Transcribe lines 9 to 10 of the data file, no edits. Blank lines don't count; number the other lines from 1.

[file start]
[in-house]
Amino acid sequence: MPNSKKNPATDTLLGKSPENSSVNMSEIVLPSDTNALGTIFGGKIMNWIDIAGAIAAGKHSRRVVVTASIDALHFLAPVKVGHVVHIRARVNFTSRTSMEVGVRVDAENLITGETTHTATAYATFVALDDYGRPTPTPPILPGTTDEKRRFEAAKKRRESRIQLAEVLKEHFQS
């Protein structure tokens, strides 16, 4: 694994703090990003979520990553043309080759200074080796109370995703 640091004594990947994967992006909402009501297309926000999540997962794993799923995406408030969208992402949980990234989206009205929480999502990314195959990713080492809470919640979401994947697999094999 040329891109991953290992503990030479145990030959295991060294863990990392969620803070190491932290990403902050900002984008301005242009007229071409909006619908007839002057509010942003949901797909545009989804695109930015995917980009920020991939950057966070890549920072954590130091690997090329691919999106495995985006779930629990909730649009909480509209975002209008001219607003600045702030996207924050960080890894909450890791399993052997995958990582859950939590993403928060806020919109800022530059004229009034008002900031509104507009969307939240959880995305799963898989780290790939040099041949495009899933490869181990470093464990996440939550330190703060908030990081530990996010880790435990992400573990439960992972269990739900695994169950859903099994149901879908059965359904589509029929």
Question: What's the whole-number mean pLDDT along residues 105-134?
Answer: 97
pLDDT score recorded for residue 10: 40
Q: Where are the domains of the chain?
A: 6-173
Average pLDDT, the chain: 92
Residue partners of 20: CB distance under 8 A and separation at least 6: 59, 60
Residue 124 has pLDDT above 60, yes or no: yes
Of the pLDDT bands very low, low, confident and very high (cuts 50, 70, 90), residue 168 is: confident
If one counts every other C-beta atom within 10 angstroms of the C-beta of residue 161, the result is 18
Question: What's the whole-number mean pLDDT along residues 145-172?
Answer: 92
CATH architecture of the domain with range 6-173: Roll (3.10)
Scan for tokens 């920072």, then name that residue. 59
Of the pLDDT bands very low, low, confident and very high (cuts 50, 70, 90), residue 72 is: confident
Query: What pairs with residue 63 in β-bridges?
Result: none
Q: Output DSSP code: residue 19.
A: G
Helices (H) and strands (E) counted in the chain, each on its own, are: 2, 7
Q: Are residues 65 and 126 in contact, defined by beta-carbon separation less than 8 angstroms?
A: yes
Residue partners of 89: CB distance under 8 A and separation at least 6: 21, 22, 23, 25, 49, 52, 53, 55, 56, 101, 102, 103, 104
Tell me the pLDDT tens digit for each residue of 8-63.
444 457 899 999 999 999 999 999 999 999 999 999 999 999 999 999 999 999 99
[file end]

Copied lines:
Average pLDDT, the chain: 92
Residue partners of 20: CB distance under 8 A and separation at least 6: 59, 60